It appears, from Radio 4’s Today programme interview, that Liam Fox wants to hold US/UK trade deal talks in secret.

You might well wonder why.

Well, maybe it’s because it will allow corporate lobbyists to influence the talks while the UK public and parliament will have no idea what is on the table as quid pro quo.

What you reckon Mr Fox… Oh sorry, DOCTOR Fox, wants to hide from us?


Workers’ rights?


Environmental standards?

Fracking licences?

Foreign affairs?


Is it because, if it is done in public, the “ordinary” people will see the UK fold its tent every time the US makes a demand?

What do you think?



Also on the Today programme, the BBC out and out lied about Africa and trade deals. Mrs May is in South Africa to drum up support for a future trade agreement.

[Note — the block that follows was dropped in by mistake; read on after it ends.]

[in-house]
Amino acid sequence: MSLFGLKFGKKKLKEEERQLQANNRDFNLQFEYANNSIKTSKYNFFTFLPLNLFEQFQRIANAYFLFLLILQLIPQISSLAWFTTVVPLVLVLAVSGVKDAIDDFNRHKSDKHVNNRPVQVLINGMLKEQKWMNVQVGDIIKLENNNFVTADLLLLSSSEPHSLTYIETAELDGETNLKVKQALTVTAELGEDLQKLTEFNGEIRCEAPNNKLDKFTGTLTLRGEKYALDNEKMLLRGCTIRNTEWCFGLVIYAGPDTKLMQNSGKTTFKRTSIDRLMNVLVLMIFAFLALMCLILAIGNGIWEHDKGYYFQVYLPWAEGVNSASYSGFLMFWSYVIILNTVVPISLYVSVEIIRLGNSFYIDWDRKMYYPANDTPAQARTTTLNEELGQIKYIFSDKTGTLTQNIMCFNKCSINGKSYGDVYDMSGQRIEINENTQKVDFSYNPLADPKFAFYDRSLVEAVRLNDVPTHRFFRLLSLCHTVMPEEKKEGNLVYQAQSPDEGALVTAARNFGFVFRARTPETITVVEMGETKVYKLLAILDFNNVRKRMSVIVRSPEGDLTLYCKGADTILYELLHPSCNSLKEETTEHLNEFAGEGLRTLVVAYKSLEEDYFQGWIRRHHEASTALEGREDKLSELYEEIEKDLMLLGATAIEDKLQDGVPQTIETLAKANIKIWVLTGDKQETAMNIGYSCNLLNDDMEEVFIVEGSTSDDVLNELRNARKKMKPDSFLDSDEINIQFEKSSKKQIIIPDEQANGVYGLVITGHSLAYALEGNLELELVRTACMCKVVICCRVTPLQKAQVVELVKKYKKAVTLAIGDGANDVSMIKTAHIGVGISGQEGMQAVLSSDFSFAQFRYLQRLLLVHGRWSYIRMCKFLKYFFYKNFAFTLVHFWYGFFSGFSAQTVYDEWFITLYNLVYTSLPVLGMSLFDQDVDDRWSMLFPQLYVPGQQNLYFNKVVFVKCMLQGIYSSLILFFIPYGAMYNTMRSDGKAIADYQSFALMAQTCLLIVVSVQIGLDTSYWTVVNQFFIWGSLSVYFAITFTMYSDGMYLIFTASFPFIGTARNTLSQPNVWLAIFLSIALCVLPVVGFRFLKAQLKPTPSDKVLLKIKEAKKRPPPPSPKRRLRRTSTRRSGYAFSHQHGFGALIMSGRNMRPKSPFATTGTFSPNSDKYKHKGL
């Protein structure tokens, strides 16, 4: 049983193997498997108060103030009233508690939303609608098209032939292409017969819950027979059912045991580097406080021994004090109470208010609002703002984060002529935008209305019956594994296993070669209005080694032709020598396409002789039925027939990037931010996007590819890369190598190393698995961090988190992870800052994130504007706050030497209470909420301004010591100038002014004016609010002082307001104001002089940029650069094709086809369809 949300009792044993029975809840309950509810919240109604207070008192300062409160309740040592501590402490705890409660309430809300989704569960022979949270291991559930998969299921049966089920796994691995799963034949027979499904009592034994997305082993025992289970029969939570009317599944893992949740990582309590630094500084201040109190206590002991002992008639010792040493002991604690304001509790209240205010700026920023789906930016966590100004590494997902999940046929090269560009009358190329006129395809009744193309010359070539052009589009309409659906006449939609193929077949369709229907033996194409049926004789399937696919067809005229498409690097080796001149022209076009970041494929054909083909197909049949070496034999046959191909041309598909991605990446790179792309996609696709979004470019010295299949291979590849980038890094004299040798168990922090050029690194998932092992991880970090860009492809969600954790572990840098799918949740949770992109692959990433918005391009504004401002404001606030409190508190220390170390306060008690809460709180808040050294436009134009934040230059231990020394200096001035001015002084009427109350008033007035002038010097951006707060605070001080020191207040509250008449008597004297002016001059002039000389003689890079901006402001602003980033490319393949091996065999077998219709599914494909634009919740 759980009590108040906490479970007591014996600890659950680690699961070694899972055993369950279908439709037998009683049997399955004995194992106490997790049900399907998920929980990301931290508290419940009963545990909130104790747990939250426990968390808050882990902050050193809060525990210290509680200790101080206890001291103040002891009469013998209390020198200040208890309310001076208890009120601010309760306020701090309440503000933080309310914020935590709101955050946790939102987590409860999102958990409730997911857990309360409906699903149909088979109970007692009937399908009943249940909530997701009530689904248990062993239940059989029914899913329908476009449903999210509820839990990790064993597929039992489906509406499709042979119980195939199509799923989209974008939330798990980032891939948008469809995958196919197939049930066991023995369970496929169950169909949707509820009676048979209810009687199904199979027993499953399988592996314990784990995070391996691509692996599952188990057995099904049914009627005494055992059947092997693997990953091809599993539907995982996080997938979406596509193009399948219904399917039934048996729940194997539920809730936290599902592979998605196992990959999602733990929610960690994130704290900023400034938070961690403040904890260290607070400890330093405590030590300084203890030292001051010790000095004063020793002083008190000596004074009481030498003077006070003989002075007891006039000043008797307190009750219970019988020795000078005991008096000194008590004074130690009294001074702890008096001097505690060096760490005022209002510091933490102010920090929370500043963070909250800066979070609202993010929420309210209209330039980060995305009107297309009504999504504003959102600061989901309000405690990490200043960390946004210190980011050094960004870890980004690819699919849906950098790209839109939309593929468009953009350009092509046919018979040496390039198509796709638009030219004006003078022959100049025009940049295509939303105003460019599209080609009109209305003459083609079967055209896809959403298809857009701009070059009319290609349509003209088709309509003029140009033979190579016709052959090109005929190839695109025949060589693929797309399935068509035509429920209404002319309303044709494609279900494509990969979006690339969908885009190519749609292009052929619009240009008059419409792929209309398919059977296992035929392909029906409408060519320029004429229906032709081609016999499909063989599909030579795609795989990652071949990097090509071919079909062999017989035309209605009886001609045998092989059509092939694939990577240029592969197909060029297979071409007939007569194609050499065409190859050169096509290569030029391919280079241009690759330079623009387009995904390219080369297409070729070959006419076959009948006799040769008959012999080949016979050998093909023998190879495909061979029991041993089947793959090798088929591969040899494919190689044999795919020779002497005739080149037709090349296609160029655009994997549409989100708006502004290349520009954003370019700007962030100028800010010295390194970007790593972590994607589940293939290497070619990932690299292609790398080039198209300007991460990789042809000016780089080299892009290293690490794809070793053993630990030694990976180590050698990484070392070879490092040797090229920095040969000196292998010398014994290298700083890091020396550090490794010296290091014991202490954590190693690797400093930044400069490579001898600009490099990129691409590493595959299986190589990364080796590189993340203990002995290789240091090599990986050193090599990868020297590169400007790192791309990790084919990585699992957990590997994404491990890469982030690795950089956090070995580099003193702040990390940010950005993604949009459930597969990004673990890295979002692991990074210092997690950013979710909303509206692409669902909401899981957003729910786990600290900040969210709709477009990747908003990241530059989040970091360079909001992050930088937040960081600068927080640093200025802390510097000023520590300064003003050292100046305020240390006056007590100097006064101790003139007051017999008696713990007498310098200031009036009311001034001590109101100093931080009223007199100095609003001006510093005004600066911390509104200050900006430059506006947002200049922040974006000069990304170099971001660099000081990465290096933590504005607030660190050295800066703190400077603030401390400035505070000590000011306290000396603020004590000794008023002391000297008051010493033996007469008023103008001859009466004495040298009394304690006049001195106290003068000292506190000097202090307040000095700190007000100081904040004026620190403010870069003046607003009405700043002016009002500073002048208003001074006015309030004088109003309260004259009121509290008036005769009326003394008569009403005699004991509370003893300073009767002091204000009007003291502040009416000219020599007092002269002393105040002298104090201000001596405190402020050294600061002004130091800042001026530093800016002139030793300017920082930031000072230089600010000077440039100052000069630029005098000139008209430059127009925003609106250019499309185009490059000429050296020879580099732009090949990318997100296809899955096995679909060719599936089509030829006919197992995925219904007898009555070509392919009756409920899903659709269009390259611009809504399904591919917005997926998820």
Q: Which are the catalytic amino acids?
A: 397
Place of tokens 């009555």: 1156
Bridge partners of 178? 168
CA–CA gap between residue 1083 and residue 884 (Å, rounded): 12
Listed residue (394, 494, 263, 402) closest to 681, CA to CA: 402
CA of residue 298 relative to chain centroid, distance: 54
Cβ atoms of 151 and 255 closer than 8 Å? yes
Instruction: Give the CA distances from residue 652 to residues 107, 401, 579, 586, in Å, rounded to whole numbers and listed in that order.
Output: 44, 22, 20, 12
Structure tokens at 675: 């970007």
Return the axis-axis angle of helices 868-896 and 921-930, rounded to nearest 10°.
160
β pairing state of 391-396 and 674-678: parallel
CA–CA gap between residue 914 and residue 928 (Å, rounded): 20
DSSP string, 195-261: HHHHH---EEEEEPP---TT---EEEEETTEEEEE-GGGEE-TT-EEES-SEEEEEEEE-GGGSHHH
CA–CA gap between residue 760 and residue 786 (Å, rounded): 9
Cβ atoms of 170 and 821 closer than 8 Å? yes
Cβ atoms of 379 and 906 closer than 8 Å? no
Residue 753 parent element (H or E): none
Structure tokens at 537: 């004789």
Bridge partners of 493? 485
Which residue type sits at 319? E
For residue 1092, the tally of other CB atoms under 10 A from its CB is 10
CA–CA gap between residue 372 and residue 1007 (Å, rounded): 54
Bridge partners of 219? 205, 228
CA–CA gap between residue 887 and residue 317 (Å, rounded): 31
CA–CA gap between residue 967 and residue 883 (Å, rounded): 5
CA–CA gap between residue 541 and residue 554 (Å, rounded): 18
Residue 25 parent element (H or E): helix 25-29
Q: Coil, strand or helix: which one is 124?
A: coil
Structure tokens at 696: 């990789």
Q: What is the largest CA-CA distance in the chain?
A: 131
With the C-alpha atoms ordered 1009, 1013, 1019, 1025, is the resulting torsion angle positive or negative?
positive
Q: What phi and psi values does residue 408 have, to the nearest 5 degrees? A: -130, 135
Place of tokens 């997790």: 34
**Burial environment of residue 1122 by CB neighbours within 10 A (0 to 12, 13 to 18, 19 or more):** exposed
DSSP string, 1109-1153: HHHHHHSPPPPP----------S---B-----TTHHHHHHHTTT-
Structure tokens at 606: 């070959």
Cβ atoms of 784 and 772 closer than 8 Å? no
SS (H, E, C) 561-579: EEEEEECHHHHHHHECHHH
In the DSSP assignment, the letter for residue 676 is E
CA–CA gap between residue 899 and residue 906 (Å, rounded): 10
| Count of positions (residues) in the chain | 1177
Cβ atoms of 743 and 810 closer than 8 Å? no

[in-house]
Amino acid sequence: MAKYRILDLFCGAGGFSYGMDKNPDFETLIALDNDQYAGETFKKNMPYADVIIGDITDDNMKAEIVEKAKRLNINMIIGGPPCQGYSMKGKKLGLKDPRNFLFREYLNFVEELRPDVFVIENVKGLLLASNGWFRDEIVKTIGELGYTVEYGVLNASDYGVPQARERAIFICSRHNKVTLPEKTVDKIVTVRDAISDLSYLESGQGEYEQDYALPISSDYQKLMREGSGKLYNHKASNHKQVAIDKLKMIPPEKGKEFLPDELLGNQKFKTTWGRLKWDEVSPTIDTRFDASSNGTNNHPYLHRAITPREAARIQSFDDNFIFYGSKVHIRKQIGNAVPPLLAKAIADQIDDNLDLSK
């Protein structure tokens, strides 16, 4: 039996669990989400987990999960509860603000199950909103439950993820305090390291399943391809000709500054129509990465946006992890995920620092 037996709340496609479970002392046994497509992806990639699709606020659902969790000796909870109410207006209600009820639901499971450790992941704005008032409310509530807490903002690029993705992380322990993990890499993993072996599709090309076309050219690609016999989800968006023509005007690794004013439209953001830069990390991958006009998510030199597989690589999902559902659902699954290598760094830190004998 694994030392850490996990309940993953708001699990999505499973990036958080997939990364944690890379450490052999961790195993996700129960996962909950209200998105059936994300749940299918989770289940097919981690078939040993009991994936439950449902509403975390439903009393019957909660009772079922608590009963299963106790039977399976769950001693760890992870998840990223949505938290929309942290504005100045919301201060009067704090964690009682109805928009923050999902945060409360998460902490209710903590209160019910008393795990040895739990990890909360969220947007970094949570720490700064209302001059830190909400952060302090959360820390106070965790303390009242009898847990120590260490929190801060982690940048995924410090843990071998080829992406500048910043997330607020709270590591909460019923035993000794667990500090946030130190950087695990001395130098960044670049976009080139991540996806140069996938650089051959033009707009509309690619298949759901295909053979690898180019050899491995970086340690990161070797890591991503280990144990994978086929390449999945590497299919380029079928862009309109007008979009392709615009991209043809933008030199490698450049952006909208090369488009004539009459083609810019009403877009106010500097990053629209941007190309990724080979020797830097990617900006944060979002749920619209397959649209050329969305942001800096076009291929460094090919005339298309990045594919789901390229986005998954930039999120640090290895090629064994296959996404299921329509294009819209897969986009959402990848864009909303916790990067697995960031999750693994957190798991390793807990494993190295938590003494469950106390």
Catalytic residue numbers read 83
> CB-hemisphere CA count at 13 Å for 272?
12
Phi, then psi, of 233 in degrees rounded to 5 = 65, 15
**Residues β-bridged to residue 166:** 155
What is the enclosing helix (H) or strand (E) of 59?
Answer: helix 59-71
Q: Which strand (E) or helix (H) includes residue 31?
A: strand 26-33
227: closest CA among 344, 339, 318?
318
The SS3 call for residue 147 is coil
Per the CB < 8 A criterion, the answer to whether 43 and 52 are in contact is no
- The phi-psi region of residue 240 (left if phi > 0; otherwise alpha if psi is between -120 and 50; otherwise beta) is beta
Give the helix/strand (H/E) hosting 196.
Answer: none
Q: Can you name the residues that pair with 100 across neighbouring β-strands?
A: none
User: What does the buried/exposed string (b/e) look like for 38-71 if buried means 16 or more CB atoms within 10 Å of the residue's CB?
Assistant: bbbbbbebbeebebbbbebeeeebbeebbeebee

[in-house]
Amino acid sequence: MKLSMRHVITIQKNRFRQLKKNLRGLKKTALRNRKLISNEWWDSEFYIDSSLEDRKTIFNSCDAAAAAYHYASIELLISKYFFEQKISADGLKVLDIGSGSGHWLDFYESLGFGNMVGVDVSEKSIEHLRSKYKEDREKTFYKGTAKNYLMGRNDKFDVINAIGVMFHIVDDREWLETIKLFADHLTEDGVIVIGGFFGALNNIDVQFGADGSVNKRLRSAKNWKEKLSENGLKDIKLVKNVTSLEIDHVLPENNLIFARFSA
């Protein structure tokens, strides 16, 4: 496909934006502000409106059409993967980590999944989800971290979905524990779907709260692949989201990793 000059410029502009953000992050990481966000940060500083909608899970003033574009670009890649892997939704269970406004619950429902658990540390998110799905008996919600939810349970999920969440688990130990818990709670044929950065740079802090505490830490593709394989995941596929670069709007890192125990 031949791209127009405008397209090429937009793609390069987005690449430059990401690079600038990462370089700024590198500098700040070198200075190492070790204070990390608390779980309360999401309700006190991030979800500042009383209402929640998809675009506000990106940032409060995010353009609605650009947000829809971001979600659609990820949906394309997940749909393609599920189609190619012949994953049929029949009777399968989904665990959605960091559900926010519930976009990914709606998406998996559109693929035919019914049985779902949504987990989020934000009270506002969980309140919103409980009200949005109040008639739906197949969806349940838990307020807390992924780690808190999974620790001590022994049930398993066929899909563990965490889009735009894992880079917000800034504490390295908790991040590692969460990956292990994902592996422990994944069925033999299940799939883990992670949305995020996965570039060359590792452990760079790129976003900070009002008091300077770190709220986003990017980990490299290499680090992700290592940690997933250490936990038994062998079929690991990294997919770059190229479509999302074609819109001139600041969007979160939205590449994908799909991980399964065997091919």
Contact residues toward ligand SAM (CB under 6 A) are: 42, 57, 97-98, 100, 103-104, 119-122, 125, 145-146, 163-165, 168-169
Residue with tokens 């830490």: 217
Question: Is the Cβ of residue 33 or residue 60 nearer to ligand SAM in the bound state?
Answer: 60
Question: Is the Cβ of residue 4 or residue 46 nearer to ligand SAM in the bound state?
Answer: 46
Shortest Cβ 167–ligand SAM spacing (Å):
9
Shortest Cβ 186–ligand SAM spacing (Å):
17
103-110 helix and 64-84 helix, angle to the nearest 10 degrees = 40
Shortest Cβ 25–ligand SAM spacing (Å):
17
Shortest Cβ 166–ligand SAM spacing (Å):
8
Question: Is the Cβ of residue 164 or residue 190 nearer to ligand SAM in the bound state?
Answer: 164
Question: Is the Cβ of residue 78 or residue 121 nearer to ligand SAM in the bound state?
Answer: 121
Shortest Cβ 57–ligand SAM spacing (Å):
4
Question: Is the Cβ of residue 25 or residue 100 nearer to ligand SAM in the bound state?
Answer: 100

Mike Galsworthy pointed out:

Argh! talking crap about why we have “huge tariffs” on “African countries” & whether we can lower tariffs. This is ignorant. 33 African countries have ZERO tariffs to EU – coz they fall under “Everything But Arms” agreement.

Also, on top of this, the EU has various deals with African regions in development, aimed at helping Africa integrate into global trading system (EU is Africa’s biggest trading partner)

The EU has *huge* interest in the economic development & stability of Africa… especially given the proximity and immigration issues. With these trade deals, I understand EU even planning to invest to help African producers meet EU quality levels to help boost exports to EU.

Small wonder that the BBC’s “flagship” news programme has lost 800,000 listeners in a year.


That’s £500,000,000 per annum, by the way.


35 thoughts on “RANDOM THOUGHTS”

  1. As brexit approaches I’m becoming more and more worried. Shit will hit the fan, bounce off the fan and cover everyone in these islands. It’s going to make the 1970s seem like the days of wine and roses. Oh shit. Bye Bye NHS, hello fracking, bye bye Scottish parliament, hello government of national unity.

    I’d like to think I’m being paranoid but having read the Shock Doctrine… HELP, M’AIDER etc